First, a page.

Talk:Parable of the Mustard Seed

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Older discussion[edit]

The Canonical parable of the mustard seed would be a correct title to this page, unless you want to admit the gospel of Thomas — Preceding unsigned comment added by (talk) 02:22, 9 September 2011 (UTC)

I've also heard this passage interpreted differently. Supposedly a mustard seed grows into a shrub, not a tree, and it's a very modest shrub at that. This parable was said to mean that the kingdom of heaven was actually not as grand as some people believed. MMX 05:29, 21 April 2006 (UTC)

Do you know who holds that interpretation (i.e. which religious group)?Clinkophonist 22:25, 20 May 2006 (UTC)

Should it be mentioned that the mustard seed is in fact, not the smallest of all seeds?--Andrew c 13:32, 13 October 2006 (UTC)
Luke doesn't say it's the smallest [1]. Mark and Matthew say it is "least" among seeds [2], [3] in the literal translation, although some versions translate it as smallest in the world. Thomas says it is the smallest [4]. It was certainly the smallest seed anyone in the area at the time knew about [5]. Roy Brumback 10:49, 15 October 2006 (UTC)
Excellent info. Should it be included in the article?--Andrew c 20:04, 15 October 2006 (UTC)

Crossan on Parables:

Jesus is most famous, I think, for parables and aphorisms. And both of them are really ways of teaching ordinary people. Now, if you read them in the New Testament, it might take a minute to read; I imagine them as maybe an hour long interaction between Jesus and an audience, who are probably talking back to him, and interrupting him and debating with him and disagreeing with him and fighting with him. And the parable is a way, really, of getting them to think. It's a way of provoking people to think for themselves....

[For example], Jesus tells a parable about somebody who takes a mustard seed, plants it in the ground, and it grows up to be a great tree, or a bush at least, a weed, though, in plain language. Now, imagine an audience reacting to that. Presumably the Kingdom is like this, and you have to figure out, "What's it like? You mean, the Kingdom is big? But you just said it's a big weed. So why don't you say a big cedar of Lebanon? Why a big weed? And besides, this mustard, we're not sure we like this mustard. It's very dangerous in our fields. We try to control it. We try to contain it. Why do you mean the Kingdom is something that the people try to control and contain?" Every reaction in the audience ... the audience fighting with themselves, as it were, answering back to Jesus is doing exactly what he wants. It's making them think, not about mustard, of course, but about the Kingdom. But the trap is that this is a very provocative, even a weird, image for the Kingdom. To say the Kingdom is like a cedar of Lebanon, everyone would yawn, say, "Of course." It's like a mustard seed ... "What's going on here?"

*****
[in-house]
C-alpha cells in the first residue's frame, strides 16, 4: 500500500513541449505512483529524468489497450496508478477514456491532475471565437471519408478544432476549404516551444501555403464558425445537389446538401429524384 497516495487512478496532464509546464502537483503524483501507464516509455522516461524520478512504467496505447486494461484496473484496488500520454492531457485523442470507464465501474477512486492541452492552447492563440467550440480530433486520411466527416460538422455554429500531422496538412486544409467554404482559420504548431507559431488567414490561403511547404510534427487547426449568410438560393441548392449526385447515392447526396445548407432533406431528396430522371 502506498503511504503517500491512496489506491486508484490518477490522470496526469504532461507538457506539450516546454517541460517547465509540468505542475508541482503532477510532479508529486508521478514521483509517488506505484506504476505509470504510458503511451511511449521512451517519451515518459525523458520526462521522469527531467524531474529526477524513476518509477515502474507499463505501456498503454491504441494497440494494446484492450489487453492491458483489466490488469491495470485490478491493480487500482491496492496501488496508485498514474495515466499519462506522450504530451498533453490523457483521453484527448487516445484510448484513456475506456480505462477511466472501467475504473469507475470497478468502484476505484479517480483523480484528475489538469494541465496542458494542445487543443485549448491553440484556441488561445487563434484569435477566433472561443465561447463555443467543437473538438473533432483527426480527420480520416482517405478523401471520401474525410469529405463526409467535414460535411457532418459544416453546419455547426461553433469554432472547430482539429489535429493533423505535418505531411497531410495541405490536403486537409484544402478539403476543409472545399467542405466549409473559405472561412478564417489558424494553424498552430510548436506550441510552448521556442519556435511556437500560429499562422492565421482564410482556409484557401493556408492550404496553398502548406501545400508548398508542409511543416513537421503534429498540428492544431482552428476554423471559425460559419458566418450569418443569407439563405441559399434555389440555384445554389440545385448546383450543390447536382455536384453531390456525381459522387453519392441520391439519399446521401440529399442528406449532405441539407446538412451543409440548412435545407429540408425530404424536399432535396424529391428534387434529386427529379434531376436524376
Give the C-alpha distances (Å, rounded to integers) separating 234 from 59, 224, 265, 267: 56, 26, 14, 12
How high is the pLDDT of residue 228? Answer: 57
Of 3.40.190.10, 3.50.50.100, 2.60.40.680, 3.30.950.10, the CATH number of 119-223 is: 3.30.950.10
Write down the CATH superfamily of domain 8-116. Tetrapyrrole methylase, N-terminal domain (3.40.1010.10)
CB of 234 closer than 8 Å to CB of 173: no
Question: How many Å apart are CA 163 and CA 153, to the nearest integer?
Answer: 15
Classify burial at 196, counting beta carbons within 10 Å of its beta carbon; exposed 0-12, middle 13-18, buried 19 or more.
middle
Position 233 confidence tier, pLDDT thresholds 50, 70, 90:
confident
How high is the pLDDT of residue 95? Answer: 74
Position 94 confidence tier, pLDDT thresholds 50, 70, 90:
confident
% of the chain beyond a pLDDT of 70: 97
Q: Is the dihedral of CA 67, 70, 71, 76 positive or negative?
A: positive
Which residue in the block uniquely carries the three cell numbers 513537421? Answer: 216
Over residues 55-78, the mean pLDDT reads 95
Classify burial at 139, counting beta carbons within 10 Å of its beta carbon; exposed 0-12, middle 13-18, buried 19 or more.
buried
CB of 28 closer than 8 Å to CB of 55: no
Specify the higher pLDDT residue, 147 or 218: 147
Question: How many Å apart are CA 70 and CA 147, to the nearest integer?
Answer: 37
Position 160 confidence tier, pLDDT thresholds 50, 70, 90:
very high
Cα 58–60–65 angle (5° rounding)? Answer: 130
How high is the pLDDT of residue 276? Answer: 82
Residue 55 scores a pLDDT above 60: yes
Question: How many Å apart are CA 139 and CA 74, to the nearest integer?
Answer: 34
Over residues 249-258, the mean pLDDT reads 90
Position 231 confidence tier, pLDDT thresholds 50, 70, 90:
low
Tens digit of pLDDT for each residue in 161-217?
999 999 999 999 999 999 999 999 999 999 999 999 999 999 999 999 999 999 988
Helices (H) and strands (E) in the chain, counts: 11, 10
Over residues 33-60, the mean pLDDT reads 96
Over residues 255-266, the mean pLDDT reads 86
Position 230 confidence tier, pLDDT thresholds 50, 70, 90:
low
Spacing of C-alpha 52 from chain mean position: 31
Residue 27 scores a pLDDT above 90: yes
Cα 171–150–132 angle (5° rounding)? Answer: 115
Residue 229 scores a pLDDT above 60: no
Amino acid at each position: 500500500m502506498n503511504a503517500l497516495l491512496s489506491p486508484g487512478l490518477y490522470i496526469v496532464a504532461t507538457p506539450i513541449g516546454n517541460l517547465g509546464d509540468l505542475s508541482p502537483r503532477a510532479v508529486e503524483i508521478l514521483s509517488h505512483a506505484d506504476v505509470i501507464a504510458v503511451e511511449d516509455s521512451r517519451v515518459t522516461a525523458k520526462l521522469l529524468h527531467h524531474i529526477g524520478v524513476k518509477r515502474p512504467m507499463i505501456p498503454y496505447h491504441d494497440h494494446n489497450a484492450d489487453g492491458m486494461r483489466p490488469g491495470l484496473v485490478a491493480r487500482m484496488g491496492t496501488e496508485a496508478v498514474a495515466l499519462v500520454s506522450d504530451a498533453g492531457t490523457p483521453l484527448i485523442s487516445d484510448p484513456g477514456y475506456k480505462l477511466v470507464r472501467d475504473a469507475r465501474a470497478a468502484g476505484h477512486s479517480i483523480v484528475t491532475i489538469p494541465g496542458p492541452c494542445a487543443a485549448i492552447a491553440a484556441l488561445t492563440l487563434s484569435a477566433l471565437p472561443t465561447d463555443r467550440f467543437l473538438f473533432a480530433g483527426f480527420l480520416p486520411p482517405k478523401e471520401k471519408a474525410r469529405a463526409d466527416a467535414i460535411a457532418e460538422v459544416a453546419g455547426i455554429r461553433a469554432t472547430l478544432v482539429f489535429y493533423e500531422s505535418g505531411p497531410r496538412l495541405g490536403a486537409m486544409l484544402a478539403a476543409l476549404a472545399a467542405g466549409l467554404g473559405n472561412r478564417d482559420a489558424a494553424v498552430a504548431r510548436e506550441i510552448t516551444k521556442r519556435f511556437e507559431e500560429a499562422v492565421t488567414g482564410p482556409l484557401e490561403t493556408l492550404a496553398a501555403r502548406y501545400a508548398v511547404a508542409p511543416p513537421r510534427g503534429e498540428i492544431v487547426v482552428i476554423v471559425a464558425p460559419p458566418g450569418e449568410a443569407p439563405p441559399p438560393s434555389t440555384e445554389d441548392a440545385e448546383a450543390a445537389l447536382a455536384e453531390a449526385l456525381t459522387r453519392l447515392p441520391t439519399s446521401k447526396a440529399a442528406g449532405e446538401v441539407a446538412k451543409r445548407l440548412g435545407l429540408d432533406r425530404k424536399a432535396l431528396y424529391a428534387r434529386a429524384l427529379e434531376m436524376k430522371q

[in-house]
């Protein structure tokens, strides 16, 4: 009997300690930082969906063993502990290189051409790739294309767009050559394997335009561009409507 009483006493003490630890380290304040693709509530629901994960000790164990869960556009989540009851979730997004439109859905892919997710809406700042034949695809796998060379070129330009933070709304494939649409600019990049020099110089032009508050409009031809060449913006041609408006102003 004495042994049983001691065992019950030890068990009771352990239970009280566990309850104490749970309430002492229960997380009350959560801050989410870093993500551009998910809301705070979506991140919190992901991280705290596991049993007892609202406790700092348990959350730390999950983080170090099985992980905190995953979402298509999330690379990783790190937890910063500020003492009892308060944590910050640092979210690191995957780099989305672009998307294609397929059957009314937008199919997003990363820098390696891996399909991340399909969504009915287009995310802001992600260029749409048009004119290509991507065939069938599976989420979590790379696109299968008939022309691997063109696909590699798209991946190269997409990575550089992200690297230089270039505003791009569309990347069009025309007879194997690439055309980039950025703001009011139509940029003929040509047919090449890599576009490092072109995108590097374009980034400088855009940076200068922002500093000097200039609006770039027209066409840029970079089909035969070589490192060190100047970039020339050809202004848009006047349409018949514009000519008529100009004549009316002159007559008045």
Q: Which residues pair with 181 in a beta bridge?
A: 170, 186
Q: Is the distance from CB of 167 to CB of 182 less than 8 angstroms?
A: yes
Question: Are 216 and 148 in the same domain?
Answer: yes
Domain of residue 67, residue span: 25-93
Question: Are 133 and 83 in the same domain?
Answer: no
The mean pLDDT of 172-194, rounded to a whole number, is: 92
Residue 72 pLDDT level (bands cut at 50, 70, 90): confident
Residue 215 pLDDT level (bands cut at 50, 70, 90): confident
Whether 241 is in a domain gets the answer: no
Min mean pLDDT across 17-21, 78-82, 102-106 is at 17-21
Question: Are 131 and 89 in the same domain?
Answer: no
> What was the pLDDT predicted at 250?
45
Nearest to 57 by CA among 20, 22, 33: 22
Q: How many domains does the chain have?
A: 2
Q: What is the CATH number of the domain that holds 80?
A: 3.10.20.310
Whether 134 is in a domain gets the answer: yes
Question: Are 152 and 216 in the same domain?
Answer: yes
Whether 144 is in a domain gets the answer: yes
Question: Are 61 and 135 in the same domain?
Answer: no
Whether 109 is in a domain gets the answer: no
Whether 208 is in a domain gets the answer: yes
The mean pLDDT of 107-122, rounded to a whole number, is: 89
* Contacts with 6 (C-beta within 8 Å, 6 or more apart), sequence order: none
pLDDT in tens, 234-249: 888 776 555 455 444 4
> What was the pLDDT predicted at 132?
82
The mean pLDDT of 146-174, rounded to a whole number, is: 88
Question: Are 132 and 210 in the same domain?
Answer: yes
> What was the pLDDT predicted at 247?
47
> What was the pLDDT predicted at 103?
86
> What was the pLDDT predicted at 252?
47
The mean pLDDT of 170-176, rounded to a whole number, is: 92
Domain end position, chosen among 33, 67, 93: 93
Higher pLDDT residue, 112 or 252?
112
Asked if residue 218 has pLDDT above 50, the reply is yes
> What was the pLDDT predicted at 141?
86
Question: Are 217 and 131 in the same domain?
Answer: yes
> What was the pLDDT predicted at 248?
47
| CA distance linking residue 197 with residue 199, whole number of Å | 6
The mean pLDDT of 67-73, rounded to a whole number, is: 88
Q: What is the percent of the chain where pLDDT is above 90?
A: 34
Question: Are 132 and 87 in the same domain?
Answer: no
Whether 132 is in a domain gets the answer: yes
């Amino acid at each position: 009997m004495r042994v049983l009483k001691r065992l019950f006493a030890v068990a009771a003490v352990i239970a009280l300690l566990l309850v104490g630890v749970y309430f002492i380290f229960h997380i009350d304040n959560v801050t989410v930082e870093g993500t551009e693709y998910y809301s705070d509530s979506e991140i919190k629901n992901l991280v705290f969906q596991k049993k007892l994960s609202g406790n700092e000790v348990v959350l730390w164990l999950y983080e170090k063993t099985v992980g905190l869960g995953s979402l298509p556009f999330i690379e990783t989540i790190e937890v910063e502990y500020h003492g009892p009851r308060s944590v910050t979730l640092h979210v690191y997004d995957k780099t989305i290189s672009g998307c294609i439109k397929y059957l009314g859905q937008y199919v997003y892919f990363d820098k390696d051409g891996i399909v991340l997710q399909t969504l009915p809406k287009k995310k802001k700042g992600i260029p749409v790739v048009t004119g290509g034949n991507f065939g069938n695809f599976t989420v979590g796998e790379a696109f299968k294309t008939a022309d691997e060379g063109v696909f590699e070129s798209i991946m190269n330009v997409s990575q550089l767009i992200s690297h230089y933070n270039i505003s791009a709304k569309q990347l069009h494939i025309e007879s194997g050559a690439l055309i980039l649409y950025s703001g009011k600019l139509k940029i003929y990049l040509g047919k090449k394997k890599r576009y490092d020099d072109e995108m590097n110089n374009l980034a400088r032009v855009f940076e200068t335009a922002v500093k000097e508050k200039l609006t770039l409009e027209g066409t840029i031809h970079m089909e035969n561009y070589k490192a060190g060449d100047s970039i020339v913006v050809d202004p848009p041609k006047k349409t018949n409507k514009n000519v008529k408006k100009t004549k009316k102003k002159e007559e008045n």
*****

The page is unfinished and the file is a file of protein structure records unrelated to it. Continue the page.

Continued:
Is this [style of teaching] unique to Jesus???????

The parables are unique only in a very limited sense, in that the primary teaching of Jesus is not taking texts out of the Hebrew scriptures and explaining them, blasting them, commenting on them. What he is doing is telling a perfectly ordinary story. And using that as the major teaching. "The Kingdom of God is like this." Now you have to think, well, I hear the story, but how on earth is the Kingdom of God like that? That's your job as the hearer. So it's open to anyone. And that's, I think, the point of the parable.

So right from the start his teaching depends on interpretation?

If you teach in parables, you give yourself to interpretation. If you really want to tell people what to think you preach them a sermon. If you tell them a parable then you're leaving yourself open, inevitably, to interpretation.

Use of Thomas[edit]

In reference to the repeated deletion of the fact that the parable appears in Thomas too, please quit. It's true that the Gospel is not accepted as canonical by most Christians (I don't accept it as canonical), but scholars do use it in historical Jesus research. This page does not endorse it or promote it but simply says is appears in that document as well. It simply states this fact in a NPOV manner. Roy Brumback 20:12, 21 May 2007 (UTC)